A majority  of Americans and Minnesotans are thankful or at least understand the need for  our governments’ nannying roles.  Most reasonable people would not argue against governmental nannying that:   makes us and our teenagers wear seat belts — and makes car manufacturers provide airbags; tries to prevent oil companies and corporate polluters from destroying the oceans and other environments; teaches our children how to read and get along with others; prevents smokers from blowing smoke into our lungs in restaurants; tries to keep the e-coli out of our hamburgers; gives special help to our autistic and disabled children; attempts to do something about the obesity epidemic; and outlaws efforts by  the pornography industry to exploit our children.

One could go on.   Almost everything the public sector does has a nannying dimension to it.

The principle behind our mostly good and effective governments is that while individual freedoms must be protected, the group is important too.   The collective and democratic wisdom that prohibits littering — and collects taxes to clean up after those who do litter — overrules the wonderful feeling of freedom that comes from throwing your beer can out the window.

And of course it’s not just us drones in the bottom 95 percent of the income ladder who benefit from this nannying.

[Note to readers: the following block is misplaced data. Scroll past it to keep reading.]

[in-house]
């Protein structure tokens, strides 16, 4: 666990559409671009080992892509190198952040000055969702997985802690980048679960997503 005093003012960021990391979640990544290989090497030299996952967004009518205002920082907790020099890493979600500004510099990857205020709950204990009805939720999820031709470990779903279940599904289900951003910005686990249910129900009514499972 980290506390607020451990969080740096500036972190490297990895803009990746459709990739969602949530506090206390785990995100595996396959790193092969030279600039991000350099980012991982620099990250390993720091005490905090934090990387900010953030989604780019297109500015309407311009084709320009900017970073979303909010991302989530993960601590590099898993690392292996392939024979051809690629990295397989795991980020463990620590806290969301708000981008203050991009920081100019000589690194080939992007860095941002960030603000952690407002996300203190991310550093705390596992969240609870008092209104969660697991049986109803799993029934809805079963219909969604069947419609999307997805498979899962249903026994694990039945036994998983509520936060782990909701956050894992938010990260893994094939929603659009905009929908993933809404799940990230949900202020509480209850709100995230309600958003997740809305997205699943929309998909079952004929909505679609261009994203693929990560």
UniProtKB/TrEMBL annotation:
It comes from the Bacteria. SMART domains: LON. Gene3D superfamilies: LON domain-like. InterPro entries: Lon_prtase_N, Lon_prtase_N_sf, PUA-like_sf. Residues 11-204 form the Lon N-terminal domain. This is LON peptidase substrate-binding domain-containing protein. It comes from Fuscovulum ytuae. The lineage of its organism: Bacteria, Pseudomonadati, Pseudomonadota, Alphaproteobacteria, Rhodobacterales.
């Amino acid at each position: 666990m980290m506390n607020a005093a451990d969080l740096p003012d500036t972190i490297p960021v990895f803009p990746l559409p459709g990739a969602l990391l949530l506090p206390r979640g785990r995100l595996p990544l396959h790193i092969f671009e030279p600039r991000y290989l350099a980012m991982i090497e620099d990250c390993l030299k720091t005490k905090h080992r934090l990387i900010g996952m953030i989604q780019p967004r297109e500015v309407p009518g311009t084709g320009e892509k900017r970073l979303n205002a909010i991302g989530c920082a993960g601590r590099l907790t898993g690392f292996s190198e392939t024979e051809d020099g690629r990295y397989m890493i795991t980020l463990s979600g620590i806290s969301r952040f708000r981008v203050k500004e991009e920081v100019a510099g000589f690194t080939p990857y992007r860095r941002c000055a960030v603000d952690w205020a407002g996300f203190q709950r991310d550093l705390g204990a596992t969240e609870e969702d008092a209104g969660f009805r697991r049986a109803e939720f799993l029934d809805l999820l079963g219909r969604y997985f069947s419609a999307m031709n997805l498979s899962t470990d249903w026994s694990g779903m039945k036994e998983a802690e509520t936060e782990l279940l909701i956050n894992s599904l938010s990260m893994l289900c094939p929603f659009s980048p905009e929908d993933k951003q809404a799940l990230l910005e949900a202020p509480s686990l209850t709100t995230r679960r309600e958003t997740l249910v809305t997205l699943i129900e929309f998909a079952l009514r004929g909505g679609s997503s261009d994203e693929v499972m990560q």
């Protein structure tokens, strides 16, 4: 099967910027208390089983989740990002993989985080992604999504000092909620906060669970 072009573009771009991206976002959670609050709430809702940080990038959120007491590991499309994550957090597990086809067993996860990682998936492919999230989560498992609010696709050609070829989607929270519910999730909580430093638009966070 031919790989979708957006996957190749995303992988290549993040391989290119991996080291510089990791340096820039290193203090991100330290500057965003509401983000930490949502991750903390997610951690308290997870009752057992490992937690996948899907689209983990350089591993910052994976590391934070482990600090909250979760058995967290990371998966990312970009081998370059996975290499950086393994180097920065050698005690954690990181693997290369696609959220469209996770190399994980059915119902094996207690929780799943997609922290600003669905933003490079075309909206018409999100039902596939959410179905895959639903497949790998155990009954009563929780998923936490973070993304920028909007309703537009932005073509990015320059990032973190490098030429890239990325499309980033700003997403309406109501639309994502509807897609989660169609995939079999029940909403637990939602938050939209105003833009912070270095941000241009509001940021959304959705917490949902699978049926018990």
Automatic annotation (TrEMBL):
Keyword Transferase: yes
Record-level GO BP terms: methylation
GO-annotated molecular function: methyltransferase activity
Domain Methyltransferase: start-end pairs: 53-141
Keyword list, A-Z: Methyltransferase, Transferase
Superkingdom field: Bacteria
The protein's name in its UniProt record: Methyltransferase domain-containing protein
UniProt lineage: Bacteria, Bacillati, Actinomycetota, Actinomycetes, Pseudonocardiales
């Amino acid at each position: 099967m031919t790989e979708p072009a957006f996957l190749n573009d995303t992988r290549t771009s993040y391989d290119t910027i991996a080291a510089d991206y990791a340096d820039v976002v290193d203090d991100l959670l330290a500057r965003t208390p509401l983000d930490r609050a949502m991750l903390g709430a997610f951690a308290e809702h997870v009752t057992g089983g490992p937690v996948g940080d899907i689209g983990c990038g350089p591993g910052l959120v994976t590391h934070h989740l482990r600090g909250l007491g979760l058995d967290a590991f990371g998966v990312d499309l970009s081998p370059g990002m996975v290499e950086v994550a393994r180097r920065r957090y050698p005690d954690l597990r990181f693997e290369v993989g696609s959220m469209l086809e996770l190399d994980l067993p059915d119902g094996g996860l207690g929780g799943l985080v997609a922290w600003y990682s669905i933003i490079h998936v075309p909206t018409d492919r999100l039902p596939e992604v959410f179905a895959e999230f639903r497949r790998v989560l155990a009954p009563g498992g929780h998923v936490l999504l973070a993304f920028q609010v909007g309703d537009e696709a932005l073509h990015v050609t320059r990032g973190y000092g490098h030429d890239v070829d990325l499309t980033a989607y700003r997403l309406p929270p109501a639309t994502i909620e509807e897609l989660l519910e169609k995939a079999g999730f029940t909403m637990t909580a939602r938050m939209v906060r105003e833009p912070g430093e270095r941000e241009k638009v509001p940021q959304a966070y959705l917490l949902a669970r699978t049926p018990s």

Business leaders also take comfort in government as governess and depend on the authority of the nanny state for all kinds of direct protection and emergency help,  ranging from bank bailouts to tax-break subsidies, to orderly regulation of their often chaotic industries.   A more complete analysis can be found in a new book by economist Dean Baker, entitled “The Conservative Nanny State.”

And finally, nobody appreciates the role of the actual nanny more than wealthy people themselves, on whom the entire profession depends.

For those who can afford it, extra help with the children is considered a good investment, for the well-being of both kids and parents. A good nanny helps not only with the endless chores of care and feeding but also with providing discipline and early childhood education — and perhaps even with giving children the healthy feeling that a larger village cares for them.

A little more public investment in high-quality nannying is exactly what highly stressed, hard-working, low- and middle-income families need right now.

In Minnesota, economists and business leaders have been saying for years that the best bet for our continued prosperity is more public support for early childhood education, especially for those stressed low-income families whose children are most likely to fail both in school and at becoming productive citizens.

Universal access to first-rate nannying, in short, could help ALL our children pronounce and spell “supercalifragilisticexpialidocious” and become more precocious—and get on the road to success.


A version of this column originally appeared in the St. Paul Legal Ledger Capitol Report on Thursday, May 27, 2010.